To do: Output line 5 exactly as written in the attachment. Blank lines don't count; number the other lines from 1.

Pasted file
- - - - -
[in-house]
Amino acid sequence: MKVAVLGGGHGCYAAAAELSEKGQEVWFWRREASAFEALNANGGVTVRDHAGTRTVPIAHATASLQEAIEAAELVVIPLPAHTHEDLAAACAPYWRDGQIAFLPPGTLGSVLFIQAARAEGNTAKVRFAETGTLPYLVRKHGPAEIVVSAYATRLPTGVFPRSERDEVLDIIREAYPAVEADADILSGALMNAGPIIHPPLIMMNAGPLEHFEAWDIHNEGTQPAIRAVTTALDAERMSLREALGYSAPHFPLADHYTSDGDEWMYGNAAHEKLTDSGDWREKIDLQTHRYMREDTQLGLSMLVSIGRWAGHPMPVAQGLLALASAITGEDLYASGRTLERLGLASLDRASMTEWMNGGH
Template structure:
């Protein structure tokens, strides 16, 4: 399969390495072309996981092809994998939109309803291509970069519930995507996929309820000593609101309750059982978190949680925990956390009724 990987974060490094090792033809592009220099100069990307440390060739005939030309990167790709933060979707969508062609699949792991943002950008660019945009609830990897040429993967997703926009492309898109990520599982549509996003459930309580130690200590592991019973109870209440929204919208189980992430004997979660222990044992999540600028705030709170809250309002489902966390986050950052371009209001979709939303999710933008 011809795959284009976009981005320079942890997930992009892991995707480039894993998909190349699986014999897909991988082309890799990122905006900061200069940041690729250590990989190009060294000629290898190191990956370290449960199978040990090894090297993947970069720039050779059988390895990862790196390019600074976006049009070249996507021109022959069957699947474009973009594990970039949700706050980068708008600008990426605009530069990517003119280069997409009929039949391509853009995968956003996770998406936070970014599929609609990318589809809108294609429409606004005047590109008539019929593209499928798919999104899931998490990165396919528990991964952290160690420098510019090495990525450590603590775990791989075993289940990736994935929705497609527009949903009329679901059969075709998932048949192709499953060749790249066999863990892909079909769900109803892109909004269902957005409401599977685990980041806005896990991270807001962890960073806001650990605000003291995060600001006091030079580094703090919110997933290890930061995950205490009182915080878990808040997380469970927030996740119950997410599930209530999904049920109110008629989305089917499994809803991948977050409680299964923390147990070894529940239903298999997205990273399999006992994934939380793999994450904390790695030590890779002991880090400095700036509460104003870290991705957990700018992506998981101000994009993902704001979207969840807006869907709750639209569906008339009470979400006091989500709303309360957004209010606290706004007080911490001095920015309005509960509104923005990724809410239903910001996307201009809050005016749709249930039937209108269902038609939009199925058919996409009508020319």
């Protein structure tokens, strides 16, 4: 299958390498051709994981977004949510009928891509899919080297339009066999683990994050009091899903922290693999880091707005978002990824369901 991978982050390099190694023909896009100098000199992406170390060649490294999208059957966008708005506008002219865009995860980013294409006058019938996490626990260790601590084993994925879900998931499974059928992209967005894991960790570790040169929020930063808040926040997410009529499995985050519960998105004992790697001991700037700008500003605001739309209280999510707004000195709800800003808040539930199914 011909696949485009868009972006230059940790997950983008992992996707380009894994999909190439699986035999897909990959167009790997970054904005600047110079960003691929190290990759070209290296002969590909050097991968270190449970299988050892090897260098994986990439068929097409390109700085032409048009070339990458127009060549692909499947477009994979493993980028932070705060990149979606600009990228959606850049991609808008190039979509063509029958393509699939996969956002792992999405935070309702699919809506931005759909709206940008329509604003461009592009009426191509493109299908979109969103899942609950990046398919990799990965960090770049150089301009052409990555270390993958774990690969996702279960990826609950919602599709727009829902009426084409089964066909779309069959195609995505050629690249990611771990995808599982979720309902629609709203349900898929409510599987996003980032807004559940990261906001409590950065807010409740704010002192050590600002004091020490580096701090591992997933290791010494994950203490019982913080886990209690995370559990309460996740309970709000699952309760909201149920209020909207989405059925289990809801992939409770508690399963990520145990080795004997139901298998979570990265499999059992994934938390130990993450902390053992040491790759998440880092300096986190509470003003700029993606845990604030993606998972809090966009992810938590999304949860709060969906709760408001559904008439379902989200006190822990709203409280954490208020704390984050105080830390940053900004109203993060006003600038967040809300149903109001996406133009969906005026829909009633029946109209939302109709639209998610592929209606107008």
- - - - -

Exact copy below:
């Protein structure tokens, strides 16, 4: 299958390498051709994981977004949510009928891509899919080297339009066999683990994050009091899903922290693999880091707005978002990824369901 991978982050390099190694023909896009100098000199992406170390060649490294999208059957966008708005506008002219865009995860980013294409006058019938996490626990260790601590084993994925879900998931499974059928992209967005894991960790570790040169929020930063808040926040997410009529499995985050519960998105004992790697001991700037700008500003605001739309209280999510707004000195709800800003808040539930199914 011909696949485009868009972006230059940790997950983008992992996707380009894994999909190439699986035999897909990959167009790997970054904005600047110079960003691929190290990759070209290296002969590909050097991968270190449970299988050892090897260098994986990439068929097409390109700085032409048009070339990458127009060549692909499947477009994979493993980028932070705060990149979606600009990228959606850049991609808008190039979509063509029958393509699939996969956002792992999405935070309702699919809506931005759909709206940008329509604003461009592009009426191509493109299908979109969103899942609950990046398919990799990965960090770049150089301009052409990555270390993958774990690969996702279960990826609950919602599709727009829902009426084409089964066909779309069959195609995505050629690249990611771990995808599982979720309902629609709203349900898929409510599987996003980032807004559940990261906001409590950065807010409740704010002192050590600002004091020490580096701090591992997933290791010494994950203490019982913080886990209690995370559990309460996740309970709000699952309760909201149920209020909207989405059925289990809801992939409770508690399963990520145990080795004997139901298998979570990265499999059992994934938390130990993450902390053992040491790759998440880092300096986190509470003003700029993606845990604030993606998972809090966009992810938590999304949860709060969906709760408001559904008439379902989200006190822990709203409280954490208020704390984050105080830390940053900004109203993060006003600038967040809300149903109001996406133009969906005026829909009633029946109209939302109709639209998610592929209606107008």